If you read my blog, you will be familiar with my struggles with the rigors of the MA course I am pursuing. Every now and again I hit on something which makes sense to me and this has been one of those moments. Recent email feedback from a tutor shone a light on Tim Inchgold’s writings, in particular this…. ‘We cannot make the future without also thinking it…The theorist does his thinking in his head, and only then applies the forms of thought to the substance of the material world….by contrast (the maker) allows knowledge to grow from the crucible of (his/her) practical and observational engagements with the beings and things around (him/her). This is to practise what I would like to call an art of inquiry.’
No prizes for guessing which camp I fall into! I’ve kind of edited the quote in order to own the words for myself. Clearly I am a maker rather than a thinker when it comes to my art practice. My tutor urged me to look at what my painting does beyond the initial intention.
I think I have been moving towards this. My work needs to express more than representation or narrative. But the next step is to use observations to initiate a connected but new image which is inspired by more than one thought.
These 4 images may appear to be unconnected but actually all feed into a new piece of work. I pinned a large sheet of paper to the wall and began rapid sketches of a generic figure moving through space. These were in my head because of the remembered poses from observational figure drawing I have been doing recently. They will be superimposed onto a landscape from any one of the areas I have worked on during the previous months when I was concentrating on landscape as a subject. I’ve been painting abstracted portraits of Kate too and even these might creep into this new work, I suspect.
Next I will let the materials take over and see where it leads. It’s in it’s very early stages at the moment. Movement, time and space will all be illicited somehow – not sure how yet. Memory plus feelings plus responding to the materials will all play their part. I think I’m making some progress towards a greater understanding of how my work is moved forward by thinking. How theory and research affect practice.
Trying to focus my work into a sensible, acceptable, believable, academic Research Question on which to hang my current art practice, is an ongoing and largely frustrating task. I’ve dithered about with Landscape, Sense of Place, Time, space and movement, The Phenomenology of Life, as various ‘pegs’ on which to hang the stuff I paint. But nothing quite explains what I’m doing.
I’ve tried a really simplified and uncomplicated description, stating that I paint about ‘Life Itself’ . But that’s a bit of a cop-out. Or is it? Looking into existentialism, (Researching ? Yaaay!) I found various complicated definitions but the one which most struck a chord with me was this – ‘The philosophy of Existentialism was an influential undercurrent in art that aimed to explore the role of sensory perception, particularly vision, in the thought processes….art is not an exact science but a means of capturing the complexities of what the eye observes.’ It does have to do with 1. phenomenology, 2. ontology and good old-fashioned 3. observational drawing. All of these 3 are built into my DNA and basically what my art practice is about.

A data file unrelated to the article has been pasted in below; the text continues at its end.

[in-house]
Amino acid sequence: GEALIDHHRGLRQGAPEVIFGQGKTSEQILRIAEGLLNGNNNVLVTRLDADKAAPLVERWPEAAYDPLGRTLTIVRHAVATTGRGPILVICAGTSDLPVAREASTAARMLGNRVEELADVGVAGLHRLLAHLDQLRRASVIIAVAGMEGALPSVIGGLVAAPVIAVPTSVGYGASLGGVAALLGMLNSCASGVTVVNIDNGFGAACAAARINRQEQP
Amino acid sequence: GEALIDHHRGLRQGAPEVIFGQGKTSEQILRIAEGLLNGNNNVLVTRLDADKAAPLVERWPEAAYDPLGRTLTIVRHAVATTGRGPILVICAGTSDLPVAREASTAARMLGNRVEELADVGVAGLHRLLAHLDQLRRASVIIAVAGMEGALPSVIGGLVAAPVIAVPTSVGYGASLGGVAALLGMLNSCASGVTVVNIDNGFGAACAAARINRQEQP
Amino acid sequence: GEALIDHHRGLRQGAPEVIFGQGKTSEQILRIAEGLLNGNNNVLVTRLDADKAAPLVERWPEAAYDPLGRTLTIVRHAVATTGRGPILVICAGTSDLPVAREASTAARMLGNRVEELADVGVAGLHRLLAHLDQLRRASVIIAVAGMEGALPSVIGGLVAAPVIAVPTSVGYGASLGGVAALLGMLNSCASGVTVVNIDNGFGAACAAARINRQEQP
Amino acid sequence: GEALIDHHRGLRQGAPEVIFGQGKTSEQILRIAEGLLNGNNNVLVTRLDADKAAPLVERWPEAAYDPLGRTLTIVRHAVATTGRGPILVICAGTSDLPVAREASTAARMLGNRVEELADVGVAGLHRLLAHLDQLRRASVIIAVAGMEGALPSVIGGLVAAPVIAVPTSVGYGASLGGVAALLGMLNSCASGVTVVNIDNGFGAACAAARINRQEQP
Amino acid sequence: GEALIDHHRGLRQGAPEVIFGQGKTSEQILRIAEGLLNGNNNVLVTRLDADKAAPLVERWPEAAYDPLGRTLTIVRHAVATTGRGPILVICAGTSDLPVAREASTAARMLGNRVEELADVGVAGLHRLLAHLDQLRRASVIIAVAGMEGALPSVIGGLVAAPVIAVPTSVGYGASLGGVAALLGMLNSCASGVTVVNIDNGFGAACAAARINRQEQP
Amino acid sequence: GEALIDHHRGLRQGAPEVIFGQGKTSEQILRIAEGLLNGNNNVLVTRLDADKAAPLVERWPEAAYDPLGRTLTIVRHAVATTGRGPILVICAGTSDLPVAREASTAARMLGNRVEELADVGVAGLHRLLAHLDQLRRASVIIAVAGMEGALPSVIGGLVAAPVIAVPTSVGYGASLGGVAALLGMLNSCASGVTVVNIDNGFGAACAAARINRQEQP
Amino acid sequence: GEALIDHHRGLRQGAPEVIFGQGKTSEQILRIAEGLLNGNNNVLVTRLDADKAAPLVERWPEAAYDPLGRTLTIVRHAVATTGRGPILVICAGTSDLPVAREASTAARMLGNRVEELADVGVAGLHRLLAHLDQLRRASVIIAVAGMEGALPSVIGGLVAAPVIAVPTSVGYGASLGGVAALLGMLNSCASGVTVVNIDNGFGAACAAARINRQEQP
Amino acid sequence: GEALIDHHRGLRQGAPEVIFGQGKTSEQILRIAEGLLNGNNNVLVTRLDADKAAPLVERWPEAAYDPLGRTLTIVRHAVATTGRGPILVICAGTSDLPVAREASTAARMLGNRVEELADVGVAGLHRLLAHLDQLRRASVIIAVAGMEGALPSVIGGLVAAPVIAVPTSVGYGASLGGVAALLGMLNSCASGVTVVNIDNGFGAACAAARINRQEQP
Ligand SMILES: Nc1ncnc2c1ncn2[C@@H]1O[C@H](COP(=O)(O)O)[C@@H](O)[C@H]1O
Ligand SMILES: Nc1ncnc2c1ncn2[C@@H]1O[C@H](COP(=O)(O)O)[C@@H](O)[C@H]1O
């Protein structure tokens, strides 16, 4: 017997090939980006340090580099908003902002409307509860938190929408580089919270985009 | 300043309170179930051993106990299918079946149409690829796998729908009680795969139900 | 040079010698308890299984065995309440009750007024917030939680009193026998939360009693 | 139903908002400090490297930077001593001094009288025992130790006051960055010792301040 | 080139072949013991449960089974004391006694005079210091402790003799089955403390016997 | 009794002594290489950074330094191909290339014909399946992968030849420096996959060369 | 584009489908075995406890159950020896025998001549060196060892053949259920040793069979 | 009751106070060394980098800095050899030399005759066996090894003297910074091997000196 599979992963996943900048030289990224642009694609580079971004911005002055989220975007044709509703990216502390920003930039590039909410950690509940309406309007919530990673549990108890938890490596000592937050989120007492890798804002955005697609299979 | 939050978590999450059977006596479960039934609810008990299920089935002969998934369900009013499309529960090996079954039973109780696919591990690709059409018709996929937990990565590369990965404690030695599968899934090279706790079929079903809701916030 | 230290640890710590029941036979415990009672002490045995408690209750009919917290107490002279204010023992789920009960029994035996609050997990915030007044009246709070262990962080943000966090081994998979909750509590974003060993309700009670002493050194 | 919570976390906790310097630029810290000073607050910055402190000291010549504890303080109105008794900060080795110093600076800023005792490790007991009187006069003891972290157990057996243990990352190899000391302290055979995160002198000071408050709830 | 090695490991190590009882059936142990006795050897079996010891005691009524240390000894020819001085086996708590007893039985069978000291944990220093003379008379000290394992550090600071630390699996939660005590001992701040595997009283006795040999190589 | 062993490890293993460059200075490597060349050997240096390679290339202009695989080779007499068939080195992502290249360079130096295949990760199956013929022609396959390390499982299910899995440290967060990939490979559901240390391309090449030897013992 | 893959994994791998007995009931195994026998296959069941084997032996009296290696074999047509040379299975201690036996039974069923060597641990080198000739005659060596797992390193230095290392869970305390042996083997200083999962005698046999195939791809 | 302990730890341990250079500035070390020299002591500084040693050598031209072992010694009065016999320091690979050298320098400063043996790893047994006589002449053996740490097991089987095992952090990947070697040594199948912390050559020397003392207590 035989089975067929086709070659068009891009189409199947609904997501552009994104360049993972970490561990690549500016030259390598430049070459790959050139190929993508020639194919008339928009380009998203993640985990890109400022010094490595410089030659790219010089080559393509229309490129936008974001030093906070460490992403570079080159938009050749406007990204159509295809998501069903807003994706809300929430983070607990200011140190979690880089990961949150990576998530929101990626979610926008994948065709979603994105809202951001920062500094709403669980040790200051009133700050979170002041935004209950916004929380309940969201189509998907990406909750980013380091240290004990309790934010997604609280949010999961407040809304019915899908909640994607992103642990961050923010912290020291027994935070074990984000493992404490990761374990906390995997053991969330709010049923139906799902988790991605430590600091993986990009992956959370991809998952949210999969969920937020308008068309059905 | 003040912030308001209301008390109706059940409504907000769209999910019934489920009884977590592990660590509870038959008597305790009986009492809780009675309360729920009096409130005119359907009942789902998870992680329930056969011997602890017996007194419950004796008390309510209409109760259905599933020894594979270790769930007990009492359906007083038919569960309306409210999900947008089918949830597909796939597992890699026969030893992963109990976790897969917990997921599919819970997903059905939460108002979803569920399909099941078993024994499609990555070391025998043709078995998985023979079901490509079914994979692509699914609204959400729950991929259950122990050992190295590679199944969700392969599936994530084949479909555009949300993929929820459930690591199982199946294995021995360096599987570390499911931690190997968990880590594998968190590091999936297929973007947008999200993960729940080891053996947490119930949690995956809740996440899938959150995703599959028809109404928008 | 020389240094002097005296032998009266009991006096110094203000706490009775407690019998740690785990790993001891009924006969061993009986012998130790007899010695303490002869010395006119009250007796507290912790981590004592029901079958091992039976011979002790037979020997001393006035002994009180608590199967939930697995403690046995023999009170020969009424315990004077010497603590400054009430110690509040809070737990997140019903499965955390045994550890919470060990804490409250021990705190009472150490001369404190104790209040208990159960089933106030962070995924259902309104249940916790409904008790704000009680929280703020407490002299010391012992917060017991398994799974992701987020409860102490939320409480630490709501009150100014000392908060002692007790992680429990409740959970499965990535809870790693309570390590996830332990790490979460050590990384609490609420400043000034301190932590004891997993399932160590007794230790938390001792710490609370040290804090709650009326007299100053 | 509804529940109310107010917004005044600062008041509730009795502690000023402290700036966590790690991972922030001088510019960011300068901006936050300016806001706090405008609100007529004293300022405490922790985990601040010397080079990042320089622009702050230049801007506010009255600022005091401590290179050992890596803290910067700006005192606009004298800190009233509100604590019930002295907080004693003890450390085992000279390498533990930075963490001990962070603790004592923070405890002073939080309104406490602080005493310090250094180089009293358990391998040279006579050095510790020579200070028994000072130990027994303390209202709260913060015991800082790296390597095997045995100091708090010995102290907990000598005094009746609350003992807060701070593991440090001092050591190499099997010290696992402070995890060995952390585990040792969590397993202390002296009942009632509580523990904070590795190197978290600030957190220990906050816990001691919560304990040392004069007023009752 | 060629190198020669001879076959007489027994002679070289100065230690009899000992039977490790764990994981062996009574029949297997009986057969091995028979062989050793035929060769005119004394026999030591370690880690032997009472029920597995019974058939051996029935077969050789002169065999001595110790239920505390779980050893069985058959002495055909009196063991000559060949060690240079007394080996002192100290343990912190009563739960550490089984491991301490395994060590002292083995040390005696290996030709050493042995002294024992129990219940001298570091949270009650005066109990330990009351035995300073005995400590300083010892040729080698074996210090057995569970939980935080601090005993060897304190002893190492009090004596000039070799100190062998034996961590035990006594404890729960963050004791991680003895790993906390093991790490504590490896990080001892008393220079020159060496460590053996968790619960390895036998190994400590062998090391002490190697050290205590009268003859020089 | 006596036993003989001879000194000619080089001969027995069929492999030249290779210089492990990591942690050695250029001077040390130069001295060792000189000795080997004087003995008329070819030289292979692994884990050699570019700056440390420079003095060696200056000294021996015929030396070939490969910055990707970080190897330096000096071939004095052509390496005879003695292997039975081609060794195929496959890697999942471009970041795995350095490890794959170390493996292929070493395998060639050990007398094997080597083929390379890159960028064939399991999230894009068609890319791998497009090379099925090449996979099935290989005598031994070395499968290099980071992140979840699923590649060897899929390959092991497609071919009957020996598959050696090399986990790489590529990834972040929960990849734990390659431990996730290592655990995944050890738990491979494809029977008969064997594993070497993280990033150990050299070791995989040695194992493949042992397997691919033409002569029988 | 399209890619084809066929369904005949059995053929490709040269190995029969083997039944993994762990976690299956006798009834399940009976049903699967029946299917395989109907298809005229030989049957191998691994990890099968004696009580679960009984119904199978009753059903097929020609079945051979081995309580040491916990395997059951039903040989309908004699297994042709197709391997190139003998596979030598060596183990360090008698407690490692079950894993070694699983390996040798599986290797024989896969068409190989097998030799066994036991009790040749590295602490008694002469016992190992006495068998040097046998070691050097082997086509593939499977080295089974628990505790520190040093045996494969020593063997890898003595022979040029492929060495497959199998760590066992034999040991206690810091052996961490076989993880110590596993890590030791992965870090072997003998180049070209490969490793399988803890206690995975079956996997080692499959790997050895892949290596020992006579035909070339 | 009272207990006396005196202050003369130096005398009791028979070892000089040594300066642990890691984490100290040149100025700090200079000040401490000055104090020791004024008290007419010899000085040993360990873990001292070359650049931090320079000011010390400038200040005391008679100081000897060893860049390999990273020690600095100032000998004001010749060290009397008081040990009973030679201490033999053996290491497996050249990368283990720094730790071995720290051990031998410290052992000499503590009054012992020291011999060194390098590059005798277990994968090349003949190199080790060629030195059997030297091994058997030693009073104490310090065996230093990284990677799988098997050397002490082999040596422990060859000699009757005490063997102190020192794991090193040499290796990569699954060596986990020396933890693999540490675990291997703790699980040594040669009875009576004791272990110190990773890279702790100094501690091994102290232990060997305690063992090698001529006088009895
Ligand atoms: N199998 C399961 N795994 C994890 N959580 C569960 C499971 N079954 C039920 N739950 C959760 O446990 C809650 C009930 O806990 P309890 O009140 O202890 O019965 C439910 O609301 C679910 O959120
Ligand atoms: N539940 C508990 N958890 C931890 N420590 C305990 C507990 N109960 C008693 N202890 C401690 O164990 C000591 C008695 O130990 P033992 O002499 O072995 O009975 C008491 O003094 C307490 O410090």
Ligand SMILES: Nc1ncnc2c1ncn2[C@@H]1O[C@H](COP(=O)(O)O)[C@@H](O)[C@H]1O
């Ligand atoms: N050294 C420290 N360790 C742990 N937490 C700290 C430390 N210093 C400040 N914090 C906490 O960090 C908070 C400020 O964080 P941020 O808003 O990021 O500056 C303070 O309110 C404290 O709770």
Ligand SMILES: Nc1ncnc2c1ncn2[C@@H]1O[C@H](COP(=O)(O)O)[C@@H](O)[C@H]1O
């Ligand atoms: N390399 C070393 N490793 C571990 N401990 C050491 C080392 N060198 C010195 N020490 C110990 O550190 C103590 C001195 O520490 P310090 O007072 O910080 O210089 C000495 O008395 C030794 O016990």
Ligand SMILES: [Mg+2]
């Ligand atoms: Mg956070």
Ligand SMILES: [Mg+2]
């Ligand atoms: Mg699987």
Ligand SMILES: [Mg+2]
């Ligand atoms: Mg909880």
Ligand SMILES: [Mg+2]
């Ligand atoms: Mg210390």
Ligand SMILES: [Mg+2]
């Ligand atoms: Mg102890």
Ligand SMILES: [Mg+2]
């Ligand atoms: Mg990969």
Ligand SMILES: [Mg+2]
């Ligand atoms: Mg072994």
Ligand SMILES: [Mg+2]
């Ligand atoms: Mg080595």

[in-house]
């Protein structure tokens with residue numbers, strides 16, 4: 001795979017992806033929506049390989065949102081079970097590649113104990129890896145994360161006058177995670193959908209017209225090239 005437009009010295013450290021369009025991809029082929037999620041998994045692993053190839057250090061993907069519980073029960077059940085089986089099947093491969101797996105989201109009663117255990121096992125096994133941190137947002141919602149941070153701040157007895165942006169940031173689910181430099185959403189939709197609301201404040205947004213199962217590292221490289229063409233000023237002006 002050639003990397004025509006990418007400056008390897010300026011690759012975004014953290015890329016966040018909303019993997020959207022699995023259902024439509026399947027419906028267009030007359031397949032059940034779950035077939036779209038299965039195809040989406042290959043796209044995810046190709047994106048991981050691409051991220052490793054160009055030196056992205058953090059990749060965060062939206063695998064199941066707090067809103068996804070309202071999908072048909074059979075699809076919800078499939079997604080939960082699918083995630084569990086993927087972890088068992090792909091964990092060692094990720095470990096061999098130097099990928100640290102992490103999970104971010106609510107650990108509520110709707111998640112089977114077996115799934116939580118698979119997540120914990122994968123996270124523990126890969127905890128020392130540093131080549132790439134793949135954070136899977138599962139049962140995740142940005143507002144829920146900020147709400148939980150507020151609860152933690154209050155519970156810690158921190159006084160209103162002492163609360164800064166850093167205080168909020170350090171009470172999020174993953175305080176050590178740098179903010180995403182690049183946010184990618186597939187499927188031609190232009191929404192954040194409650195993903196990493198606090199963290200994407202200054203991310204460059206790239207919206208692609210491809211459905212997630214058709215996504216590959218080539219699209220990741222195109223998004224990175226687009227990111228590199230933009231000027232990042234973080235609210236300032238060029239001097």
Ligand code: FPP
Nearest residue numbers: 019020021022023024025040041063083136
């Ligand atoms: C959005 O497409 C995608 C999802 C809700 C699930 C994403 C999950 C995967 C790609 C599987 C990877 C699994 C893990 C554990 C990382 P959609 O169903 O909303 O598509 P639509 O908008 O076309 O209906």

Have I hit on the answer perhaps ????
The course I am attending at the Royal Drawing School in London is inspiring me each week with light-bulb moments. We were asked to draw with our left hand without looking at the paper and without taking the charcoal off the page. Sounds a bit gimmicky, but it produced surprising results and felt very freeing.
We were allowed to look at the end and to make one image on top of the scrawls. Next we had to look intently at the model then turn our backs away and draw from memory. That was interesting in that we were told to trust our memory when drawing rapidly moving figures. Once a memory of the exact shape of the models arms, legs etc. was embedded in our minds through one careful observational drawing, all we needed to observe as the model moved, was the relative positions of each part and then fill in the detail from memory. I realise I have been slavishly believing that pure observation is the key to drawing but it’s not the whole story. Drawing movement is difficult but learning various techniques has helped and almost wiped out my ability to draw a static pose.
At my local life class I found it hard to draw poses which lasted more than 10 minutes. I found movement and speed of recording the rapid poses much easier.
The London course introduced me to , the drawings of Victor Passmore, Peter Lanyon, Medley and Hilton. These artists were contemporaies and their drawings were concerned with the extremes of both figuration and abstraction ‘Without these two poles – the idea,implacable, thorny, remote and the medium, fleshy, lecherous and lurid – and without the battle between them and the final sinking of each sovereignty in a common wholeness, there can be no art’ These words were written by Hilton and quoted in a catalogue to describe Medley’s work.
I think this gets close to describing the general direction in which I am currently heading. My long battle to place my work within a framework of either abstract or figurative seems less important than the concern to let an image express something more relevant. I used to worry about choosing a subject but now that too seems irrelevant. All art is basically about life and the subjects just evolve. I used to propose that my work was centred on landscape but increasingly I find myself painting the human figure, within the landscape. Perhaps that sounds boring but it’s really all there is. Art is a mirror held up to reflect, not record life. We exist in space….end of story.